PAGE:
This tab is used to view the input function curve and its differentiation curve. You can view the input function curve only by clicking "Draw." The view includes horizontal and vertical axes, as well as grid lines. You move over any point in the view to see its coordinates in the left upper corner, and you can zoom in on any part by selecting it with the mouse. **The horizontal and vertical axes' limits update automatically to include the input function points in the view**. You can change these limits by right clicking the view.

### Help

This tab just displays a list of allowed functions in the application.

## Points of Interest

**Part of Expression Calculation**
The advantage of my expression parsing over other parsers on the net is that it can calculate part of the expression and leave the other part, and that includes any variables. For example, take the expression `sin(45+sin(2))/tan(x)`

. If you try to input this expression to any free parser on the net, it will give an error indicating an invalid character `x`

. However, my parser gives you `0.937227/tan(x)`

. For any complex expression, my parser tries to optimize the expression before the differentiation, and calculates any part that can be calculated. So, the differentiation of `sin(45+sin(2))/tan(x)`

is `(-0.937227*sec(x)^2)/(tan(x))^2`

.

**Operator Precedence**
When a complex expression has multiple operators, the operator precedence determines the sequence in which the operations are performed. The order of execution can significantly affect the resulting value. Operators have these precedence levels. An operator on higher levels is evaluated before an operator on a lower level:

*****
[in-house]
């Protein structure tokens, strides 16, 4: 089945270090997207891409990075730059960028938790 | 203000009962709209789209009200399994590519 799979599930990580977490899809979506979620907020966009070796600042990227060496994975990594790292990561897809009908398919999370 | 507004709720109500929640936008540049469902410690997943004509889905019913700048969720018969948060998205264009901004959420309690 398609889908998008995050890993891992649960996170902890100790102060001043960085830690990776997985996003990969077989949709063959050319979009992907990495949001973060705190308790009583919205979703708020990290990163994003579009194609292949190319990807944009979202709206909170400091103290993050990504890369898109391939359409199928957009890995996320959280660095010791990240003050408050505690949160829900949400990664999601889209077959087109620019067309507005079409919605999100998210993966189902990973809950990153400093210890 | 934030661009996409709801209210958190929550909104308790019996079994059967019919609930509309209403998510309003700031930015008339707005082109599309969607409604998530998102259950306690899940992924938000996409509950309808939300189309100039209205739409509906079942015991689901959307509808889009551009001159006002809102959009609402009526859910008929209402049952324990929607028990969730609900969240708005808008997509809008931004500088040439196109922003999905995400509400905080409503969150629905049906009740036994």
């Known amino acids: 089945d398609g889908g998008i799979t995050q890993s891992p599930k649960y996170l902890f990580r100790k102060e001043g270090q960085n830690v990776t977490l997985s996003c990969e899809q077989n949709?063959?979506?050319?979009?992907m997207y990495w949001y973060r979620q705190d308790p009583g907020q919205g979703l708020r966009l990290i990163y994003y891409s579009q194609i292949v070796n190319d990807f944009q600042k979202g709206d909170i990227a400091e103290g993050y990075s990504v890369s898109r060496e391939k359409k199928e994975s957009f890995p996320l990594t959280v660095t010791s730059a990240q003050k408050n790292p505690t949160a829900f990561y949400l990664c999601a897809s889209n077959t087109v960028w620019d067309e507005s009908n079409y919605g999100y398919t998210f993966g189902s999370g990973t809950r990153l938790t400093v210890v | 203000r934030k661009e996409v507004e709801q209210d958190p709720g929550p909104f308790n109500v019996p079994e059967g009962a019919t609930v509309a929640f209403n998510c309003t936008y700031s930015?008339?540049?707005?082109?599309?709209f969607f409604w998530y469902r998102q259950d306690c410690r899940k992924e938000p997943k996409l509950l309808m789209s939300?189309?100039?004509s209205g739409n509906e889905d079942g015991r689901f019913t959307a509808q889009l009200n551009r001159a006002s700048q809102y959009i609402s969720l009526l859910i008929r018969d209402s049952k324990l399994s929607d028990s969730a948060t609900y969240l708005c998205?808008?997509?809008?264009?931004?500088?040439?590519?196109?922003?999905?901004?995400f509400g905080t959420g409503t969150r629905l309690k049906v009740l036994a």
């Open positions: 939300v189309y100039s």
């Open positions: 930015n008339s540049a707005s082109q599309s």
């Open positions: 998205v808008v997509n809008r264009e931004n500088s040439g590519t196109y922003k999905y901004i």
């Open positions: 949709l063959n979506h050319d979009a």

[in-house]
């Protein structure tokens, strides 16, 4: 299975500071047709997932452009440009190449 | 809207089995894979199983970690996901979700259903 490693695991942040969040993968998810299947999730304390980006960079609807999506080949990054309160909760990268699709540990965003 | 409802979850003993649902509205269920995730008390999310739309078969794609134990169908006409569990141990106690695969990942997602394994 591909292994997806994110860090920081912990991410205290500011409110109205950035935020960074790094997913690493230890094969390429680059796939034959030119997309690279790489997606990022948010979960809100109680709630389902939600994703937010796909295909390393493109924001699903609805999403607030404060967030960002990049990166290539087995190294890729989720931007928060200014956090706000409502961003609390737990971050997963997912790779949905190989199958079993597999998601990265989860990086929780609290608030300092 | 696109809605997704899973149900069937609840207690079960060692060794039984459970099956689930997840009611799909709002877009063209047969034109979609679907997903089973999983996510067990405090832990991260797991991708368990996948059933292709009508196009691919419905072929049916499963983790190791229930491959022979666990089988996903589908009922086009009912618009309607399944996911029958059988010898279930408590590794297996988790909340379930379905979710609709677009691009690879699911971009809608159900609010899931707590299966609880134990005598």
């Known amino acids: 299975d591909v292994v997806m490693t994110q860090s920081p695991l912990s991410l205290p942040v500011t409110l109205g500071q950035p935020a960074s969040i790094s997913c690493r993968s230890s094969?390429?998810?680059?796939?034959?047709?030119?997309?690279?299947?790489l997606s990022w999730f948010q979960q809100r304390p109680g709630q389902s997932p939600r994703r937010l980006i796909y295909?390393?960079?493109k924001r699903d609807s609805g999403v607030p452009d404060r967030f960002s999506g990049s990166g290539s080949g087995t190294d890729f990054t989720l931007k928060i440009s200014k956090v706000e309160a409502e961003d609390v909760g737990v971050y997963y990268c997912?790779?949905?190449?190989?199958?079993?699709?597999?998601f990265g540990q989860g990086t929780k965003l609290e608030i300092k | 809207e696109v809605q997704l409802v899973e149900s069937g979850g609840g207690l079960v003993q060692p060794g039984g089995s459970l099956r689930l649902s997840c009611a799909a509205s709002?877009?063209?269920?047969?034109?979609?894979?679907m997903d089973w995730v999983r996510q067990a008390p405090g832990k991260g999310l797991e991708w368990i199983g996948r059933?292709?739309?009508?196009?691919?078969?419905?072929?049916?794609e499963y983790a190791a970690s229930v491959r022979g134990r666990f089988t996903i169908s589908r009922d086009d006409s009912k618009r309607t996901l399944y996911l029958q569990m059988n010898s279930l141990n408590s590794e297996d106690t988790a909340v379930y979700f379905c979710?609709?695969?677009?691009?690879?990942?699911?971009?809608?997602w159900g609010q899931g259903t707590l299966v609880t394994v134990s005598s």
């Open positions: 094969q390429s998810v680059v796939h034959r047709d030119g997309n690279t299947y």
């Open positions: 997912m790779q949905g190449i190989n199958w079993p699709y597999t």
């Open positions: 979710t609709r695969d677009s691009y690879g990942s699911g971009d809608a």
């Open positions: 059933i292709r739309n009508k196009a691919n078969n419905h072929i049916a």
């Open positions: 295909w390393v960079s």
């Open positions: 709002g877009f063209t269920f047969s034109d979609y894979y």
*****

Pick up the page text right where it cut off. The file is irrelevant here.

- + (Positive), - (Negative)
- ^ (Exponent), % (Modulo)
- * (Multiply), / (Division)
- + (Add), - (Subtract)

When two operators in an expression have the same operator precedence level, they are evaluated left to right based on their position in the expression. For example, in `4 - 2 + 27`

, the subtraction operator is evaluated before the addition operator to get `2 + 27`

, which yields an expression result of `29`

.

Use parentheses to override the defined precedence of the operators in an expression. Everything within the parentheses is evaluated first to yield a single value before that value can be used by any operator outside of the parentheses. For example, `2 * 4 + 5`

evaluates to `8 + 5`

, which yields an expression result of `13`

. The expression `2 * (4 + 5)`

evaluates to `2 * 9`

; the parentheses cause the addition to be performed first and so the expression result is 18.

If an expression has nested parentheses, the most deeply nested expression is evaluated first. The example `2 * (4 + (5 - 3) )`

contains nested parentheses, with the expression `5 - 3`

in the most deeply nested set of parentheses. This expression yields a value of `2`

. Then the addition operator (`+`

) adds this result to `4`

, which yields a value of `6`

. Finally, the `6`

is multiplied by `2`

to yield an expression result of `12`

.

**Zoom In**
In the drawing area, you can select any area to zoom in on. For example, the function `sin(100*x)`

has a very large variation, as in the following figure:

By zooming in many times, we can view the smaller details, as in the following figures:

**Note:** Check the horizontal axis resolution after each zoom-in.

## Updates

**v0.9001:** Added error checking for function arguments **v0.9002:** Added exponent derivative and some equation optimization, `d(u^v) = v*u^(v-1)*du+u^v*ln(u)*dv`

**v0.9003**: Solved the bug of incorrect definitions for the `sec`

, `cosec`

, `sech`

and `cosech`

functions **v0.9004**: Added software license section **v0.9005**: d(cosh(x))/dx = sinh(x) thanks to 'Mike O'Neill' **v0.9006**: Corrected the calculation of the atan function thanks to 'Kevin' **v0.9007**: Adjusted equation optimization function. Thanks to 'Kevin' **v0.90071**: [5-03-2008] Adjusted equation optimization function. Thanks to 'Kevin'

## References

**Advanced Mathematics** for Engineers and Scientists, by Murray R. Spiegel, Ph.D. 1983 (Differentiation Formulas) - Microsoft Developer Network (Operator Precedence)